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Sunday, January 14, 2007


by Earl J. Wilcox

I see your tongue first, a fuchsia flame flickering,
darting out nervously from a filthy mouth of sharp
teeth I know lurk in there like tiny, jagged daggers.
You are so brave, buried up to your grisly, gaudy,
slick, and multi-colored yellow top in my dog’s
food box, flashing your credentials--a pointed head,
that forked tongue, those two beady eyes. Mister
Chameleon himself, you bring the news today as
usual, changing colors and shapes, keeping us off
guard as if we’ll forget you and your view of things.
Long ago, before feeding time for my dog today,
I met your relatives. Like you, they were no good--
always picking fights, throwing stones, planting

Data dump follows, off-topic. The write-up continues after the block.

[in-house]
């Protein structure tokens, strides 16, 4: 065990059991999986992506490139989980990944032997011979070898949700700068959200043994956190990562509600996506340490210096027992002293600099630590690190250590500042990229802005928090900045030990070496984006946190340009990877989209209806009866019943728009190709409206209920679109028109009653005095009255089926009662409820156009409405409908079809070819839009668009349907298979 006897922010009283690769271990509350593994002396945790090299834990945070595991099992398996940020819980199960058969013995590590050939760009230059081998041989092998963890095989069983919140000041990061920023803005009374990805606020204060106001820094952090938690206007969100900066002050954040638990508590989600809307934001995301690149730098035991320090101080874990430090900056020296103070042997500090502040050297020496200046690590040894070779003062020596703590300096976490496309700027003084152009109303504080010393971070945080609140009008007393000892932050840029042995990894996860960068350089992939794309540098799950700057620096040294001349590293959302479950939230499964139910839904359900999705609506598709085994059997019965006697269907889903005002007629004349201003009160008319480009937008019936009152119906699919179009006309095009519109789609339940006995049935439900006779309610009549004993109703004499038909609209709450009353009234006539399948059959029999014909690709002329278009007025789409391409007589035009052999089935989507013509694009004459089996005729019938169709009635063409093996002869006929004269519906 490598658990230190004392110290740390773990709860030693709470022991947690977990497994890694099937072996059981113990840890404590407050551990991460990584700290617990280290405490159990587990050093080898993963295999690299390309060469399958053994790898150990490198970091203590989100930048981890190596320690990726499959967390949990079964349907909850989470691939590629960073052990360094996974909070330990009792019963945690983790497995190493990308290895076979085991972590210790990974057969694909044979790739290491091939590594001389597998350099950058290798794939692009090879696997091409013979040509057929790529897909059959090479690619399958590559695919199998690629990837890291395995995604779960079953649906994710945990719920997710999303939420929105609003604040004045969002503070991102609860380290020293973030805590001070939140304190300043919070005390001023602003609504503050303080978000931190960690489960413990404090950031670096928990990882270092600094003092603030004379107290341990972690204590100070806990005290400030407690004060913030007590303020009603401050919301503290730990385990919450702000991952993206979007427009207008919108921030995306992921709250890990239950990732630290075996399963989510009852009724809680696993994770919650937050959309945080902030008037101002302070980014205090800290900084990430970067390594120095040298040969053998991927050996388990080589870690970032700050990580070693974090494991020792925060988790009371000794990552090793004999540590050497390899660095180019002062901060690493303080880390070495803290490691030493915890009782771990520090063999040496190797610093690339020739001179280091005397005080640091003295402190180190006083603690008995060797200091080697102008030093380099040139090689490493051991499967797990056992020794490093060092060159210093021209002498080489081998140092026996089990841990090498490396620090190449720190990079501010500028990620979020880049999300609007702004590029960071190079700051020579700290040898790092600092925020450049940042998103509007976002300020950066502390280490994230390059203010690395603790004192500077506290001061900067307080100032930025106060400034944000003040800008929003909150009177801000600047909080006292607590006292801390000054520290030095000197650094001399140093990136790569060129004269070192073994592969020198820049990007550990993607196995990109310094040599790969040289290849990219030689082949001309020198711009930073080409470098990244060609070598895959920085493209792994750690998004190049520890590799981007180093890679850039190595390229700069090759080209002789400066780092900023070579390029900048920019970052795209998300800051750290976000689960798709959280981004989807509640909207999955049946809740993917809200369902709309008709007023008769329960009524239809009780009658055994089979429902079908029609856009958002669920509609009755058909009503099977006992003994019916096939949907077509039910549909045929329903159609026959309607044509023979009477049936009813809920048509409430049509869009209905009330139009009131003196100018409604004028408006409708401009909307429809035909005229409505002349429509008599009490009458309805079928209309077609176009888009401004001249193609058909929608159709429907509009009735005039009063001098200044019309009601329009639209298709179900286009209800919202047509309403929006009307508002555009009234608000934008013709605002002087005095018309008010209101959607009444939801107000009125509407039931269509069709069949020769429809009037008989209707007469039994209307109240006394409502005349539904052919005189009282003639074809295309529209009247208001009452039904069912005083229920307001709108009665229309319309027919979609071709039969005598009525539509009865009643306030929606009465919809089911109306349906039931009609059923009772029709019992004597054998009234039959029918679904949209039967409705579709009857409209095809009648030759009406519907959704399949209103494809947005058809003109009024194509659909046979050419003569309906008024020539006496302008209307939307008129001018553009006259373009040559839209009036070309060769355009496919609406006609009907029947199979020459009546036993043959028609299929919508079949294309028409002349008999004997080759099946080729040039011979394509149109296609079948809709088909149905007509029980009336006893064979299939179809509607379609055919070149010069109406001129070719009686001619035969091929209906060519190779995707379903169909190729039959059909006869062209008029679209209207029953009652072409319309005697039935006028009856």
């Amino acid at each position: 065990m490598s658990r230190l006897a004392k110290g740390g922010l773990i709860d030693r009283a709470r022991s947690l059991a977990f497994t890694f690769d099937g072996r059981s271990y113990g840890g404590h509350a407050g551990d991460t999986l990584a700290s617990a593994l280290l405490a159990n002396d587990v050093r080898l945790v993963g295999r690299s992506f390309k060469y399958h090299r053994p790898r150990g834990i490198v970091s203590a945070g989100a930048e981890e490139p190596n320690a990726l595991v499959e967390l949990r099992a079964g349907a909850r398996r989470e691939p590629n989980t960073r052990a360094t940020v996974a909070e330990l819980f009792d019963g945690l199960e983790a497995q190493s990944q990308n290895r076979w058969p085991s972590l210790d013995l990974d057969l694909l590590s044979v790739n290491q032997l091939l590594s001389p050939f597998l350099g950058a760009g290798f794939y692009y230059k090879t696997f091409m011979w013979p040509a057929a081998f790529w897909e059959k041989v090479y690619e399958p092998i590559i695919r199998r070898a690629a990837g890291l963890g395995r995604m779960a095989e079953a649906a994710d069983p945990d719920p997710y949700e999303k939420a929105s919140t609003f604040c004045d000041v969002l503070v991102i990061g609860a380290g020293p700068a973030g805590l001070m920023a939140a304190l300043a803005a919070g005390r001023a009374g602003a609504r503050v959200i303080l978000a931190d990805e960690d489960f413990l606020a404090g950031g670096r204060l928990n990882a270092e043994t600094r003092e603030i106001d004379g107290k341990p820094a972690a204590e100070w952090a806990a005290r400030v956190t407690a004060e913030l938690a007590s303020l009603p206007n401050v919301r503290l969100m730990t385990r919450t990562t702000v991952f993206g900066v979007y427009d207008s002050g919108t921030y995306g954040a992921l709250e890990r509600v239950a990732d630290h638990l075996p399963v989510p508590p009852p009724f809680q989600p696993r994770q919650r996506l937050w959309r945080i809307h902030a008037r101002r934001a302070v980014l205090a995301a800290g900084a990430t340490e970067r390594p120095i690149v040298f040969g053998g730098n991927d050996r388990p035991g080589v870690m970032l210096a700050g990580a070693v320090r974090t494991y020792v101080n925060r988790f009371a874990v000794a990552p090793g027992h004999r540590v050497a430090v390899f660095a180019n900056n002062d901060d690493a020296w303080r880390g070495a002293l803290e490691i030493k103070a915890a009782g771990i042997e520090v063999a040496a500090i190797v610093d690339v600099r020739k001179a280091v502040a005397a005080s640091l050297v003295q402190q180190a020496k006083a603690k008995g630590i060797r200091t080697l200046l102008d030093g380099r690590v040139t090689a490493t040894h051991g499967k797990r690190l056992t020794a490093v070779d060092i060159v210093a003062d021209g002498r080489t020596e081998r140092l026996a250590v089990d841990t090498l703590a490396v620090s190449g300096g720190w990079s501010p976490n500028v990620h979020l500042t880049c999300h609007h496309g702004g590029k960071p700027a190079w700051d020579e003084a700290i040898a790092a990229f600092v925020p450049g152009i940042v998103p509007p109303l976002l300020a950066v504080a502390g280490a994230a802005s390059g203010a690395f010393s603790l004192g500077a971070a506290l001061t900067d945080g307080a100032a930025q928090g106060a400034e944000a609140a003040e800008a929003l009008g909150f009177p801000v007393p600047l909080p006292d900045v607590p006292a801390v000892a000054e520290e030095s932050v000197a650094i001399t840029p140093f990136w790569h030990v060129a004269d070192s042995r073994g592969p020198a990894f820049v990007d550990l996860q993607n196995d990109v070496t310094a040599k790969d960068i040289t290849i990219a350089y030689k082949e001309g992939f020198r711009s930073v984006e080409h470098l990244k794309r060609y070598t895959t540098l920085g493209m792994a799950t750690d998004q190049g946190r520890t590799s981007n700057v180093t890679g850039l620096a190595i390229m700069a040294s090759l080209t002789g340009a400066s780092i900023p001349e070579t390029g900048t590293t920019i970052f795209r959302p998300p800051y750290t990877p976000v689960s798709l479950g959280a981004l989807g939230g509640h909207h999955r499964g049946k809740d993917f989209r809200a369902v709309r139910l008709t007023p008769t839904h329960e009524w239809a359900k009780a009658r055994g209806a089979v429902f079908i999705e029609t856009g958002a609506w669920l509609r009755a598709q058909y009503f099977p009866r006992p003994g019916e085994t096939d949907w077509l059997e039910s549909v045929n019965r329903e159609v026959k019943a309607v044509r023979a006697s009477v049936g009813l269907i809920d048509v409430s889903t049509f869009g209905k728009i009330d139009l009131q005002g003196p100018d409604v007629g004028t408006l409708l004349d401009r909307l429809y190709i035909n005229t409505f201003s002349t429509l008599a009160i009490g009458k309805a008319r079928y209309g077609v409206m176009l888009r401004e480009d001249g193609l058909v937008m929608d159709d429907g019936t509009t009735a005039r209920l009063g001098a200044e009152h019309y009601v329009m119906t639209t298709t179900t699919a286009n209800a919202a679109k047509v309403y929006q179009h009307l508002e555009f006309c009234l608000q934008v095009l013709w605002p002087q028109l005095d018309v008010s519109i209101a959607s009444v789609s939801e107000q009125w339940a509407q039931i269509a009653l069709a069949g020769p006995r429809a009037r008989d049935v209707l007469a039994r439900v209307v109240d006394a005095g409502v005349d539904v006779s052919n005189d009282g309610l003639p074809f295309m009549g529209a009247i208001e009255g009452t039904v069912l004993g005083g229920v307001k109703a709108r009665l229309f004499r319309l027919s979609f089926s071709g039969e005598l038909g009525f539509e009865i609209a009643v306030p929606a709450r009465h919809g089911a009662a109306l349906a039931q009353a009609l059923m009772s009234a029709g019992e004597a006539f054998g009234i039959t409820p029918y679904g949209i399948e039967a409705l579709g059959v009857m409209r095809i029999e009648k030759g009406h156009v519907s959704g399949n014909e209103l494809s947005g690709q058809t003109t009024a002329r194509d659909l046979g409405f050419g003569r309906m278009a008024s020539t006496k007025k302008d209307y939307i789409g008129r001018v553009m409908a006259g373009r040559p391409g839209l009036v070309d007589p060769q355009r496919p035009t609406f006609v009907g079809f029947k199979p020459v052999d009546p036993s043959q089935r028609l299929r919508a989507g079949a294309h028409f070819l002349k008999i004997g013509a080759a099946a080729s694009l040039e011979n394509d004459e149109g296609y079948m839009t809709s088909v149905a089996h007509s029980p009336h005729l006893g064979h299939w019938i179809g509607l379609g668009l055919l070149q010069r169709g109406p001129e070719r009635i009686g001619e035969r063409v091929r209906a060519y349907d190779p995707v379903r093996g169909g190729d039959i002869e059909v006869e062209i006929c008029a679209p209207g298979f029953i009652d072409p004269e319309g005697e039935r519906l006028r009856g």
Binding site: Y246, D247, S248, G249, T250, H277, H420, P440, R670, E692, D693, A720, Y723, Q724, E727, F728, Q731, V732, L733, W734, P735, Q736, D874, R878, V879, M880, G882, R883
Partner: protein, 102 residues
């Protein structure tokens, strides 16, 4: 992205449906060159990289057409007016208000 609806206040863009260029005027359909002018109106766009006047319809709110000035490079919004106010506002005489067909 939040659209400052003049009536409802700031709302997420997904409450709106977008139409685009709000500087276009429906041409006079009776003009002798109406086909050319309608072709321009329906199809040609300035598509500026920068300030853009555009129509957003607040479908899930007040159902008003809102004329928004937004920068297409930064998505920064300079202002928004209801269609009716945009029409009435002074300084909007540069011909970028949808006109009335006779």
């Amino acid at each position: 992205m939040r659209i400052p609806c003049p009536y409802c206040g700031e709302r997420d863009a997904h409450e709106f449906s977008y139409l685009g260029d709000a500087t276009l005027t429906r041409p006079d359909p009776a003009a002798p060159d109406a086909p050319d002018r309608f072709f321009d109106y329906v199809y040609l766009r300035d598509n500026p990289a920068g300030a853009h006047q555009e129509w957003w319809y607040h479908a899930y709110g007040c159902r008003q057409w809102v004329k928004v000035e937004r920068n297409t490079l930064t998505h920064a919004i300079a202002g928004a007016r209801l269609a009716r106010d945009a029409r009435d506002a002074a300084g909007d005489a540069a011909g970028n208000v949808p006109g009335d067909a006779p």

fear and sinister motives in the minds of even the
best of us. Then you denied trying to do us all in.
Why do you hide in a box? What do you know
about feeding the hungry? Maybe you were
trying to take me by surprise, by waiting until I
scooped a helping of food, accidentally lifting
you up into our world? You have much to learn
about us, old one. We’re learning about you, too.

Earl J. Wilcox founded The Robert Frost Review, which he edited for more than a decade. His poetry was recently nominated for a Pushcart Prize.